Every step of the Sio Tomkinson red card case has been perplexing.
In real time, his collision with Brodie Retallick didn't seem unusual and the minimal slow-motion footage didn't alter that view.
But with the star All Black prone on the pitch then taken off, the rookie Highlanders' centre was shown his exit card from experienced referee Glen Jackson for using his shoulder to the head of the Chiefs lock.
After a long delay, that decision has been overturned by a judicial committee who said the contact was shoulder to shoulder without any breach of the laws. Reaction to the unsatisfactory episode has been muted, perhaps because the Highlanders got up to win.
But consider this: Had the roles been reversed in a crucial World Cup playoff match and Retallick had clocked Tomkinson, all hell would have broken loose.
Everyone from the referee and television match official (TMO) to a judicial committee eventually reaching a not guilty decision would have been raked over in a constant stream of headline stories and criticism.
If the All Blacks had been beaten, which happens regularly when a side is a man down, the blame game and howls of protest would have soared when the decision was overturned.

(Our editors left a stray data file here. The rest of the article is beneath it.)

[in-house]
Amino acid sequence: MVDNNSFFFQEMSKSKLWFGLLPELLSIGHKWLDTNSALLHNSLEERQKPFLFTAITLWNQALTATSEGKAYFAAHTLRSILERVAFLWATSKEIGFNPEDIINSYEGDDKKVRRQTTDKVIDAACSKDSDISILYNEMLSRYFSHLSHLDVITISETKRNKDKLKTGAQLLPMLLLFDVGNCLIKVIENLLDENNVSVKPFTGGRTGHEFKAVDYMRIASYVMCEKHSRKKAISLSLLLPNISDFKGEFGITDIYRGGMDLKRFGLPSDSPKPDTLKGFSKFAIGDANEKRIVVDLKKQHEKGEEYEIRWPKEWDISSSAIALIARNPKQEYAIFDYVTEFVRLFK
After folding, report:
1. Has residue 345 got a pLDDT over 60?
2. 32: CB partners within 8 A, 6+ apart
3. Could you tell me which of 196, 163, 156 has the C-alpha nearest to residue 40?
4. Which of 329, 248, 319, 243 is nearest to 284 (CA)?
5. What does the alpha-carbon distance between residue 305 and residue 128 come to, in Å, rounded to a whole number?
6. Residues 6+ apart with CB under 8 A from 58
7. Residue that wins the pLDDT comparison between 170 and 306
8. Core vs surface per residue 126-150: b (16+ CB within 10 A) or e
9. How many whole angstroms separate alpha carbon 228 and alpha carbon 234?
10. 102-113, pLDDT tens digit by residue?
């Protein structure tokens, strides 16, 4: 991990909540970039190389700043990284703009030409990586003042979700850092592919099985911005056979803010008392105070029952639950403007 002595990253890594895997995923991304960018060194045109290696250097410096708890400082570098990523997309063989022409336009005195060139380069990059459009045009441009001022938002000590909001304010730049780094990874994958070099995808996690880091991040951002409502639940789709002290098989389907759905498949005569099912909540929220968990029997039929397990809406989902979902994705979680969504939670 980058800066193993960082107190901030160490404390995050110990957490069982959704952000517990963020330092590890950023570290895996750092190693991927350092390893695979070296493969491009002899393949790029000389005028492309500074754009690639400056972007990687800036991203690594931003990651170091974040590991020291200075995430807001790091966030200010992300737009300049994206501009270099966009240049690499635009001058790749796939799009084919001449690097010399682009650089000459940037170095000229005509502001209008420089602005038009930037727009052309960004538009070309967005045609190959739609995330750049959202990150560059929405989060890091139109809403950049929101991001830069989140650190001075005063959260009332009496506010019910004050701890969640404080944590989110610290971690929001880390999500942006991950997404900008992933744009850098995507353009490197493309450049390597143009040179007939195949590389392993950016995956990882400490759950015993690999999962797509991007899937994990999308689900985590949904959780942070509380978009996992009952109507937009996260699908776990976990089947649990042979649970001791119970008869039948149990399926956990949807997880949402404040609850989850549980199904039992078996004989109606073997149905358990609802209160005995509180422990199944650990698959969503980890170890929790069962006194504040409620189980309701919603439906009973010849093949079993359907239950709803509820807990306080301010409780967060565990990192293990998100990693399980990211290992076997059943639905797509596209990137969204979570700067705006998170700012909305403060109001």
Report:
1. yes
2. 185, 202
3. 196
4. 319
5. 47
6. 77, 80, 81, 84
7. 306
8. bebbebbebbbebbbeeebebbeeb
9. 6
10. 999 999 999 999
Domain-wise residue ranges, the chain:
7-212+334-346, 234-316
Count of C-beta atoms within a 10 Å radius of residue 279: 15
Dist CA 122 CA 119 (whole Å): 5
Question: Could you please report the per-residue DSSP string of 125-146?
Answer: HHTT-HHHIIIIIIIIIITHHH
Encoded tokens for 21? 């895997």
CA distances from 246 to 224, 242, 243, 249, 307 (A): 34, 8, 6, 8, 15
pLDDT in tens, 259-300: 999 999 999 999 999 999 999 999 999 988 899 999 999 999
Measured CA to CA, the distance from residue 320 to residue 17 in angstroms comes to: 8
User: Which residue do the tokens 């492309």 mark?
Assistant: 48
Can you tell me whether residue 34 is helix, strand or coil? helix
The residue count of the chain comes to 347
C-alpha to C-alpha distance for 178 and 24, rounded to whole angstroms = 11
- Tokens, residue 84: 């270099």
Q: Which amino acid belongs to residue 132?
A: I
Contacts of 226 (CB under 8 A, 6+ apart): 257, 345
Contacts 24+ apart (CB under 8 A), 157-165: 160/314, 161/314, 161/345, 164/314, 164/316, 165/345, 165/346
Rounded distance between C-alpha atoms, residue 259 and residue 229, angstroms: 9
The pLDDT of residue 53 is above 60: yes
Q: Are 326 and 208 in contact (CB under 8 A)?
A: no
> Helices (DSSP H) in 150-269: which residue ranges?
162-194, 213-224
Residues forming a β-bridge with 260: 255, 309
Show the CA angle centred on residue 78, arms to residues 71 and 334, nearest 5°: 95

But in rookie Tomkinson's case there was hardly a ripple even though the delayed hearing probably cost him a place in the Highlanders' group to play the Reds tonight in Dunedin.
Foul play deserves punishment with either a sinbin or red card but when there is enough doubt, referees need to be conservative in their judgment.
Repeat offsides, ruck or scrum infringements are dealt with by team warnings and accepted as part of the modern game.
The Blues felt that bite when referee Nick Briant hit them with two penalty tries for scrum failures inside their 22 as the Crusaders raised their tempo.
But when evidence on a big screen is not sharp and discussions between the referees, assistants and TMO falls into a similar bracket, players should get the benefit of the doubt.
For those who sense conspiracy, they will pick referee Jackson's ruling as part of a stay tough policy which will carry through the World Cup later this year in Japan.
Jackson is at the top of his game and on reflection, as he does in weekly consultation with referees boss Bryce Lawrence and others, will likely concede his red card decision was too heavy.
There was no malice involved. These things happen to players and officials in all sport.
The trick is to minimise the controversies in a complex game and unless there is some intervening mishap, Jackson will continue to be a top whistler in Super Rugby and at that global tournament.